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Inside Europe's Most Sustainable Cities: What We Could Learn From Berlin And Malmö

The green giants we need to copy, ASAP.
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Traffic-free cycle lanes, electric cars, zero waste goals. Sustainable living used to be a phrase used by scientists and hippies, not your regular Joe. Now, a greater focus on climate change and the environment means sustainability is a hot topic across the UK. But how to make our cleaner living goals a reality? Well, there’s lots of lessons to be learned from our European cousins, from Berlin’s ambitious targets to be carbon neutral by 2050 to Malmö’s lower energy homes and the people of Copenhagen’s unwavering devotion to travelling by bike.

Here’s some ideas we’d be wise to nick inspiration from.

Malmö, Sweden

Back in the 1990s, Malmö was a deserted, industrial concrete jungle. After plenty of wise investment, it is now one of the greenest cities on the planet. Take the Western Harbour, for example - it’s powered with 100% locally-produced renewable energy. Green roofs pepper the cityscape. Every home is tailored for low energy consumption. The Swedes also love cycling; every fourth journey in Malmö is made by bike. “It’s about wanting to live differently,” said Christer Larsson, Director of City Planning for Malmö, in a report produced by the city in collaboration with the Institute for Sustainable Urban Development.

“We must live in a more carbon neutral way... for the next generation, it will be a matter of lifestyle to choose climate-smart living. I am convinced that everyone is going to want to take part.”

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Berlin, Germany

With a young population and a historical preference for public transport over cars, sustainability is part of Berlin’s core. Anyone who has visited will know that innovative ideas are welcomed by the city’s alternative folk. Since 1990, the German capital has cut its CO2 emissions by one-third and it aims to be climate neutral by 2050. With over 2,500 green spaces, hundreds of cycle lanes and recycling incentives, (€0.25 for every plastic bottle you recycle) it’s a city that is committed to change. They even have apartment blocks which filter grey water to feed rooftop gardens. One day, they hope to create fish farms up there, too.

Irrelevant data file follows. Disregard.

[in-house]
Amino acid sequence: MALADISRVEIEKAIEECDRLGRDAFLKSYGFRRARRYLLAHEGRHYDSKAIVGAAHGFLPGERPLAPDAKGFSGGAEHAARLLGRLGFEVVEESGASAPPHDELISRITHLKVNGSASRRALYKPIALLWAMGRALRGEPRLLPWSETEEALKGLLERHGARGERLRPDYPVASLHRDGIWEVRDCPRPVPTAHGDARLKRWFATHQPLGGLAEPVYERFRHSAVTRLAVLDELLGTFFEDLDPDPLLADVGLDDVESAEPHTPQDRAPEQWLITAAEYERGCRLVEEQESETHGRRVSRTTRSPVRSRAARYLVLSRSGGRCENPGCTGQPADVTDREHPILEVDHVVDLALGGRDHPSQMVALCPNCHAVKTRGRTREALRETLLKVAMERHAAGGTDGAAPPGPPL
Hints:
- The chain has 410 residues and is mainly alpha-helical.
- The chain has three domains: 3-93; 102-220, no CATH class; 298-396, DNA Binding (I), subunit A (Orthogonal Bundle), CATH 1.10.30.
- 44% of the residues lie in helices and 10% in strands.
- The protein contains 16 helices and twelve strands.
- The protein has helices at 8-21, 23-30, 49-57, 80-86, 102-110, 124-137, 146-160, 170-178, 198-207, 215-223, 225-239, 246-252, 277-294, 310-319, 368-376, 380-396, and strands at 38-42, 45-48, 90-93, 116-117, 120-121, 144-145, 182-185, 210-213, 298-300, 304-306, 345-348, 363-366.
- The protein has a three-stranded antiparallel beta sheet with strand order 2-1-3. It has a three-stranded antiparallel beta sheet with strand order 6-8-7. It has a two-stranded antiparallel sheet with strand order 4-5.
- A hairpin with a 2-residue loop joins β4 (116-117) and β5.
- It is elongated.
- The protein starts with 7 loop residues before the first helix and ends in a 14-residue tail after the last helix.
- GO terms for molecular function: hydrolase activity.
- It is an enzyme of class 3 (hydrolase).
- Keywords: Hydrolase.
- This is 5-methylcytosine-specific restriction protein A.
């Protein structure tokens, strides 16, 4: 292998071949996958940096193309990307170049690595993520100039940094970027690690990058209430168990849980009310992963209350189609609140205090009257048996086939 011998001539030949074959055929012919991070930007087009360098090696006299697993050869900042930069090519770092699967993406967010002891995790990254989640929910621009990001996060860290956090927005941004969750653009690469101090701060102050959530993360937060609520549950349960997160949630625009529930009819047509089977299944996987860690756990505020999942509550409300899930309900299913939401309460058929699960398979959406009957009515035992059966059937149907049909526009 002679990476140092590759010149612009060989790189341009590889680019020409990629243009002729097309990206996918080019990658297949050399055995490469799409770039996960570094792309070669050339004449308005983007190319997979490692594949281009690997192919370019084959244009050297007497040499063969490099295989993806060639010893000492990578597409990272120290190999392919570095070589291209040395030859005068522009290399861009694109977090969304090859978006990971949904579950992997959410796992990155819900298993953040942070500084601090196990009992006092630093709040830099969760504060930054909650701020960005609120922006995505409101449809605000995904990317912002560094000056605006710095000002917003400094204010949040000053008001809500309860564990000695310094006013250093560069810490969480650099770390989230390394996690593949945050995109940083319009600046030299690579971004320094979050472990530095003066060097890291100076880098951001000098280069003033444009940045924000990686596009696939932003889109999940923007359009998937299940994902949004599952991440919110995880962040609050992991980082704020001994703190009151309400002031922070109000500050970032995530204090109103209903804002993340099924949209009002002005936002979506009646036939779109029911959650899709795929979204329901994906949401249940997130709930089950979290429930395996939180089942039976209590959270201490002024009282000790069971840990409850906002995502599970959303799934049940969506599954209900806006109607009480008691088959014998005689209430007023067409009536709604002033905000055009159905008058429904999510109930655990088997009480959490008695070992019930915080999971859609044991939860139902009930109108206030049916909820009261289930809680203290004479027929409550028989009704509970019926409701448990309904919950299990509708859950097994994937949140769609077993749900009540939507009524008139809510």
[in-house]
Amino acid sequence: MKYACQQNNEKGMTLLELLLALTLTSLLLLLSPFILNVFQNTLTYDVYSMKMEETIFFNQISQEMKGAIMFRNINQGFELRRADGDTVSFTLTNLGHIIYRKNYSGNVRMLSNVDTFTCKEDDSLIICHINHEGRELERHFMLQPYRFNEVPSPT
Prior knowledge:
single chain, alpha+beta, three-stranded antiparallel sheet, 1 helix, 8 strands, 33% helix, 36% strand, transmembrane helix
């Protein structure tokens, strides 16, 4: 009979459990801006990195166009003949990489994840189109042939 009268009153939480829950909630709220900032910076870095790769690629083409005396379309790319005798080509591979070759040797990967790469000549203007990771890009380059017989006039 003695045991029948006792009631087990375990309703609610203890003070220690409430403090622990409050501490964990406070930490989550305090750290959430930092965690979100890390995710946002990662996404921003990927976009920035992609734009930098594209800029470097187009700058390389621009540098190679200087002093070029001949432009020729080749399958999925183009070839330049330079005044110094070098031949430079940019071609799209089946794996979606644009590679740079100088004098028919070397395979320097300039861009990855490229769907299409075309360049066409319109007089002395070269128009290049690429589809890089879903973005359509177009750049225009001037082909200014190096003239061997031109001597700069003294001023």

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Oslo, Norway

Tucked away in the far north where the sun rarely sets in summer, Oslo is paving the way for green cities across Europe. “Oslo is probably the most advanced city for sustainability,” James Court, head of policy for the UK’s Renewable Energy Association, told HuffPost UK. “The fact that Norway is close to 100% renewable electricity is an incredible place to start from, plus they have a national subsidy for electric vehicles and solar panels.” Over 50% of new cars sold in Norway last year were part electric, which looks incredibly promising for the country’s future. “With excellent programmes to get energy and biogas from waste and ambitious targets to ban cars from the city centre from 2019, Oslo really is leading the pack.” Just a shame a pint of beer costs over a tenner.

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Reykjavik, Iceland

When it comes to renewable energy, the Land of Fire and Ice is blazing a beacon across the world. Almost 100% of Iceland’s electricity comes from hydropower and geothermal power, thanks to those explosive geysers and windy shores. In fact, 85% of homes are heated by geothermal energy. That’s because Iceland has so much volcanic action, right? Actually no.

Few realise that many European cities - including Paris - have areas suitable for geothermal heating. Approximately 25% of the European population could benefit from this energy, according to the United Nations Chronicle. So why aren’t we making the most of it? Time to take a tip out of Iceland’s book.

L. Toshio Kishiyama via Getty Images

Copenhagen, Denmark

The cycling capital of the world, Copenhagen is often labelled one of the most liveable cities in Europe. Not only has their cycling system long been the envy of the globe, but they also have huge number of green spaces where sustainable hotels, organic food and super clean drinking water is the norm. “Copenhagen has one of the world’s most ambitious climate plans and is on track to reduce CO2 emissions to zero by 2025,” said Simon Hansen, head of C40 Copenhagen, a group that tackles climate change and reduces greenhouse gas emissions in cities, in a 2017 blog.

It’s easy to see why Copenhagen was European Green Capital 2014.

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